“I’m not happy to use federal money to subsidize competition for me and for other people in Gouldsboro,” Rice said.

Bussone said the town also is demanding a planning board review for Live Lobster’s proposal, even though the use of the facility is not changing. Live Lobster, like Stinson Seafood, will be using the plant for storing and processing seafood and for subsidiary uses such as maintaining its truck fleet, he said.

“We feel like we keep getting stumbling blocks from the town,” Bussone told selectmen. “Your [code enforcement officer] is grossly abusing the authority that he has” by saying Live Lobster needs local planning board approval.

Selectman James Watson, however, said Live Lobster was to blame for the slow process in getting the property transferred and renovated. He said he and other selectmen have been asking since last fall, without success, for documentation about Live Lobster’s financial footing and its strategic plan for expanding into lobster processing. He said he wants a guarantee that the grant will not subsidize the firm’s lobster-buying operation.

“I need to see that in writing and to be assured,” Watson said. “Lip service will not give me what I am looking for. Don’t blame the town of Gouldsboro for the slow process.”

Bussone had several supporters among the 30 or so people at the meeting. Diana Young, a longtime Stinson employee, told selectmen to consider the taxpayer money that is going toward unemployment, food stamps and heating fuel assistance for people who lost their jobs when Bumble Bee left town. That amount likely is more than $200,000, she said.

Al West, the former fish buyer for Stinson, said he already has been hired by Bussone.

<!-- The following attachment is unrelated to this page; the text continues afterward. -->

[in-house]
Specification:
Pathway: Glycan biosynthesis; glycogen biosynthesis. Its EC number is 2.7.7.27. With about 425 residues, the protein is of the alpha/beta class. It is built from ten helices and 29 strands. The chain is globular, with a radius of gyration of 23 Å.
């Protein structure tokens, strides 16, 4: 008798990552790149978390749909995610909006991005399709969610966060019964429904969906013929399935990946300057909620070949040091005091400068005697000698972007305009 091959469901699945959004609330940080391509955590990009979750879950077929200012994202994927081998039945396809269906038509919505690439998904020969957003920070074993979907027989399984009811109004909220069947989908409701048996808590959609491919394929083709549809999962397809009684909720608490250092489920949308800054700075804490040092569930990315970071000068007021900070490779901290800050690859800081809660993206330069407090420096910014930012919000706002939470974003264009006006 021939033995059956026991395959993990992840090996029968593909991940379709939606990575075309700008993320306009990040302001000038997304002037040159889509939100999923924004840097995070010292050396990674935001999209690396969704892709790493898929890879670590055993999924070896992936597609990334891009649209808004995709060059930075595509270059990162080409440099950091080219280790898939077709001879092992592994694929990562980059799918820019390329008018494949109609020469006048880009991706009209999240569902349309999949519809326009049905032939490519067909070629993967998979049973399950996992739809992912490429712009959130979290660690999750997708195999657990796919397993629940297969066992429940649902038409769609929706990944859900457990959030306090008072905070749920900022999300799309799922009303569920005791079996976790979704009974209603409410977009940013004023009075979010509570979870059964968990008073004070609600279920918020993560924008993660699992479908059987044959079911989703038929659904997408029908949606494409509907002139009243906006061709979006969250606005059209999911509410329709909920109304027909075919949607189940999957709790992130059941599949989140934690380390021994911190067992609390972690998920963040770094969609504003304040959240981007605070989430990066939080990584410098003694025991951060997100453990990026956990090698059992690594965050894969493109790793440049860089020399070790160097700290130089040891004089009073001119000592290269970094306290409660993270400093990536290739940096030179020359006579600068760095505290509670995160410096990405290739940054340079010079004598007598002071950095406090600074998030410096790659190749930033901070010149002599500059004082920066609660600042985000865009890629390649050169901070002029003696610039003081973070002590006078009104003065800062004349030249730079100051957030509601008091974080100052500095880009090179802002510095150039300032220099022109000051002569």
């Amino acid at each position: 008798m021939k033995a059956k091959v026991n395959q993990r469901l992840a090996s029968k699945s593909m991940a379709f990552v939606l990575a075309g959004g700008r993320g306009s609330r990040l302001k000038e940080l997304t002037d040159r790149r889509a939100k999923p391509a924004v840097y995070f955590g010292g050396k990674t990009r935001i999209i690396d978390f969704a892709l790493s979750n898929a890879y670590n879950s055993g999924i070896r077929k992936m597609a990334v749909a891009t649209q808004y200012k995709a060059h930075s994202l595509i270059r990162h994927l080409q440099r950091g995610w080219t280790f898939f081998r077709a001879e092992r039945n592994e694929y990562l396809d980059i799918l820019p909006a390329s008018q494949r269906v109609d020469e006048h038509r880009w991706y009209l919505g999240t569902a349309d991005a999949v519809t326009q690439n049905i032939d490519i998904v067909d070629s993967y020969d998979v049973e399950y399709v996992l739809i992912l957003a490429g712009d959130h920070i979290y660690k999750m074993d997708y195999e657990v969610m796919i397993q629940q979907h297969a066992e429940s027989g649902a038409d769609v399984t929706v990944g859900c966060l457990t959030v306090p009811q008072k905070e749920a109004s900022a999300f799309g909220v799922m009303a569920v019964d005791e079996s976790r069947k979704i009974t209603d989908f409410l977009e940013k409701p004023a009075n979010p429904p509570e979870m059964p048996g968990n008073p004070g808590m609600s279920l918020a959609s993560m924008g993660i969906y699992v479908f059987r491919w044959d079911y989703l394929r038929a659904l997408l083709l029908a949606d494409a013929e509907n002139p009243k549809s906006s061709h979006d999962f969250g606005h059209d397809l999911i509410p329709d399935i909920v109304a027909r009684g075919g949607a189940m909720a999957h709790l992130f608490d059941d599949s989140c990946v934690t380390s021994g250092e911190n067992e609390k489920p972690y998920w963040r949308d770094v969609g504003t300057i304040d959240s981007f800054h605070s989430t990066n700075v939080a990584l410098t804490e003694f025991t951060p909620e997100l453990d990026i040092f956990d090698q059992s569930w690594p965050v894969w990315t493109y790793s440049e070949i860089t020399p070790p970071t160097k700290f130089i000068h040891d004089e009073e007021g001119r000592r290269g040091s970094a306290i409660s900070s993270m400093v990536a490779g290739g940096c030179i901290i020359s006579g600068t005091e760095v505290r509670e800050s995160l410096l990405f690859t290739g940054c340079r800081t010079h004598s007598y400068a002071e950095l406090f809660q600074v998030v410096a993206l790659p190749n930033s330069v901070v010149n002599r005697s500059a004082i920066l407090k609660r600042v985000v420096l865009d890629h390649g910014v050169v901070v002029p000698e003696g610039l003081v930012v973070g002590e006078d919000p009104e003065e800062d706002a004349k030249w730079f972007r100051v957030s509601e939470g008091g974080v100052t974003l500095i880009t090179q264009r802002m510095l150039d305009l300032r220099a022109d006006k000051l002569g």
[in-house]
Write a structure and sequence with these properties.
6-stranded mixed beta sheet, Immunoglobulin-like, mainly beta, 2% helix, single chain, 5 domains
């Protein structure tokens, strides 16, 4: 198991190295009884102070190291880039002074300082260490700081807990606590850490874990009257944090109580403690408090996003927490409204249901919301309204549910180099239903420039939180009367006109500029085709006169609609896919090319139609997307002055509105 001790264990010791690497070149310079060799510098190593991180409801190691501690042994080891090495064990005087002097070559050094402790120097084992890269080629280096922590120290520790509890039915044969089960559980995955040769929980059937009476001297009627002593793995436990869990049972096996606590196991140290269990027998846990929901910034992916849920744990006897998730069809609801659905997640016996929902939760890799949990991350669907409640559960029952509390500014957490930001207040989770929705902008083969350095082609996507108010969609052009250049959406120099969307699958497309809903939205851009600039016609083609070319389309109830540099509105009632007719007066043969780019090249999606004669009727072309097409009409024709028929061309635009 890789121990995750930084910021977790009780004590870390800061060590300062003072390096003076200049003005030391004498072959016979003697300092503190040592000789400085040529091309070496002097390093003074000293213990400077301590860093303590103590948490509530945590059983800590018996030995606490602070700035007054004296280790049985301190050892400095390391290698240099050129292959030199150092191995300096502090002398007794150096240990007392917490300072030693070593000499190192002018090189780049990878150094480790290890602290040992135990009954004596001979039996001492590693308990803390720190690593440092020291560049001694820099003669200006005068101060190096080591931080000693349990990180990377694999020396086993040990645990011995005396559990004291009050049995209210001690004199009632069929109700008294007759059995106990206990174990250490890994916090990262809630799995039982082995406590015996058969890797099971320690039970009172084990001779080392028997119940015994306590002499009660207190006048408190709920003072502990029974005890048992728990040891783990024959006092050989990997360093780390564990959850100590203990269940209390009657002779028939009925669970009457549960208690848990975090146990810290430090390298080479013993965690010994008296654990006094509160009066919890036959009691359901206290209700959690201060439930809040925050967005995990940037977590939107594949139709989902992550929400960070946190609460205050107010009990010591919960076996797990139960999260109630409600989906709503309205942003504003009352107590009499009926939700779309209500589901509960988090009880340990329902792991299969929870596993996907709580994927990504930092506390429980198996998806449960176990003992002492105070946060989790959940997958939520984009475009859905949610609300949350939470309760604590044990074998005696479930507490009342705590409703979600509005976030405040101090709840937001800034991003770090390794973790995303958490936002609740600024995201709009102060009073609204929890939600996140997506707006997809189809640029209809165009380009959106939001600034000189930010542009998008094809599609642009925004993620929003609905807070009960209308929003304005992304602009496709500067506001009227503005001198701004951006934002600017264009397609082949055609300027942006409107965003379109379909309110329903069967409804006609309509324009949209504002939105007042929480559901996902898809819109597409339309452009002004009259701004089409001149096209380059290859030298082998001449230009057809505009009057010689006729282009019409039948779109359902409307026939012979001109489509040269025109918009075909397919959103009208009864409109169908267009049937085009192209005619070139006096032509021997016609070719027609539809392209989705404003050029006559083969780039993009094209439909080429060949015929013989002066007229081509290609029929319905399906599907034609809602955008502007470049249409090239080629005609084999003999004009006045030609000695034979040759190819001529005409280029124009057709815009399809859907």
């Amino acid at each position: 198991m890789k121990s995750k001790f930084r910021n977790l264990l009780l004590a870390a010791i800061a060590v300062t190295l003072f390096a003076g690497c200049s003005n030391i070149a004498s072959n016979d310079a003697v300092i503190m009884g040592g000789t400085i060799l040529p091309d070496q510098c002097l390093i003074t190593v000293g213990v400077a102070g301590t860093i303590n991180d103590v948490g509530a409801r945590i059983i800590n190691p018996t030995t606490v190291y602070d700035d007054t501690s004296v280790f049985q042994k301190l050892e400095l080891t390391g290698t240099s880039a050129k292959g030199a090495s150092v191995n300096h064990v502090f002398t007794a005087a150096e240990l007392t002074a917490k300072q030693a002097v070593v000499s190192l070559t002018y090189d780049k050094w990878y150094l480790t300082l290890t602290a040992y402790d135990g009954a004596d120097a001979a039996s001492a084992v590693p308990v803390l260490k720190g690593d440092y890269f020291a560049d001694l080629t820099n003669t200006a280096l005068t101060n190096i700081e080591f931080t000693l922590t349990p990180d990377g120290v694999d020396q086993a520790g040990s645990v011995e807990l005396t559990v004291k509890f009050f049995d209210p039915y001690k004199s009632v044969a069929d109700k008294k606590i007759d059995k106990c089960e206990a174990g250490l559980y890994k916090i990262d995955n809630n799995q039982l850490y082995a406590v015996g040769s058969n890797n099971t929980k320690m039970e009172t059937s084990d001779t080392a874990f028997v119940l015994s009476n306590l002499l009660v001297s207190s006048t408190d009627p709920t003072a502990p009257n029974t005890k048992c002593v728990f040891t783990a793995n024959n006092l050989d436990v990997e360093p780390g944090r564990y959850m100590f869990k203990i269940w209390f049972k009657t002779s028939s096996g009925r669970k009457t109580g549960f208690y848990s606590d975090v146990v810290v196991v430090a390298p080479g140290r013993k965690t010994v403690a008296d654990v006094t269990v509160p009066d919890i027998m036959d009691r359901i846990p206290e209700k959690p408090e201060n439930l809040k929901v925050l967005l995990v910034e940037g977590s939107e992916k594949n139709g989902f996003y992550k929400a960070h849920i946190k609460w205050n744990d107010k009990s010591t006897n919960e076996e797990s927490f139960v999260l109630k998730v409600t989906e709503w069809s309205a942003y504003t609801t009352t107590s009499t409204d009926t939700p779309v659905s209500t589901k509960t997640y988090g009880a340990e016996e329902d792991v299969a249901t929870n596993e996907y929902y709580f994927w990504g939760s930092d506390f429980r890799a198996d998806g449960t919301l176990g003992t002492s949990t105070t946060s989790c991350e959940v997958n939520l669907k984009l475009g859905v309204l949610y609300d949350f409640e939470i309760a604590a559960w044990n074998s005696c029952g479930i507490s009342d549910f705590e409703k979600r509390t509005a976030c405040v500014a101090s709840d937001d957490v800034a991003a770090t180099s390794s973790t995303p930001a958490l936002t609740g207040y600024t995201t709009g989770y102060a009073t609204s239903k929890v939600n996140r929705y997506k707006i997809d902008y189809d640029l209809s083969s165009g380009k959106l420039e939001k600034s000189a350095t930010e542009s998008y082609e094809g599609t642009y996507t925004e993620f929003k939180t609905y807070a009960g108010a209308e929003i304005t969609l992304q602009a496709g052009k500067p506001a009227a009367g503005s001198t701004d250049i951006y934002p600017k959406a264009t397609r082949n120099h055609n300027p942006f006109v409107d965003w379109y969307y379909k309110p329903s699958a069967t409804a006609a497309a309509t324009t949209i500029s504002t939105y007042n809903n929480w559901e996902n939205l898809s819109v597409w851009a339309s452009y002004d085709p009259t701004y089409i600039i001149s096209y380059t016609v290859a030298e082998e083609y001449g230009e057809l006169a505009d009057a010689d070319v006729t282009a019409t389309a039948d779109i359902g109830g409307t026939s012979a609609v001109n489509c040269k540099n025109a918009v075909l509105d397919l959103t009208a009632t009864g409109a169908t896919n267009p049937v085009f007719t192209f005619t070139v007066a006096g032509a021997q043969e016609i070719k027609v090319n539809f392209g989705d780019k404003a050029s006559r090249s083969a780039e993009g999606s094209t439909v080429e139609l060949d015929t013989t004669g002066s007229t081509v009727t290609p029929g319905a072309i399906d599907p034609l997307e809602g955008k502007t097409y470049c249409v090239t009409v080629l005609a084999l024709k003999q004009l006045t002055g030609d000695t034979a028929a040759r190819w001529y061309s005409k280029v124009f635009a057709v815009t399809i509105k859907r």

“He’s a workaholic. He never sleeps,” West said of Bussone. “He’ll be an asset to the community.”

West said that Bussone is not proposing to do anything different at the site than what Stinson did, including maintaining its truck fleet. He said he would go the to the local planning board’s Feb. 15 meeting to try to convince the board that getting new land use approvals for the plant is unnecessary.

Michael Baran of the state Department of Economic and Community Development assured selectmen that their concerns can be addressed through the grant process. DECD will verify the financial viability of Live Lobster’s proposal before it awards the money, he said. The grant, he added, can be set up so the town gets the money and pays it directly to an equipment vendor without Live Lobster ever having control over the funds.

“The town decides how the money will be spent,” Baran said.

At the end of the discussion, selectmen voted 4-0-1 — with Rice abstaining — to sign a letter of intent in support of the grant, with the understanding that they can change their minds if their concerns are not addressed.

Bussone promised he would provide selectmen with whatever detailed financial information about Live Lobster that they would like to see.

After the meeting, Bussone said he has all the financing in place for acquiring the plant and that the purchase will move ahead regardless of whether he gets the grant. But the more funding he has to renovate the facility, the quicker he can make his goal of processing lobster in Gouldsboro a reality.

Bussone added that his experience in Gouldsboro has been “extremely different” from his experience two years ago in Stonington, when Live Lobster bought a defunct lobster-buying facility there.

“Everybody was helpful,” Bussone said.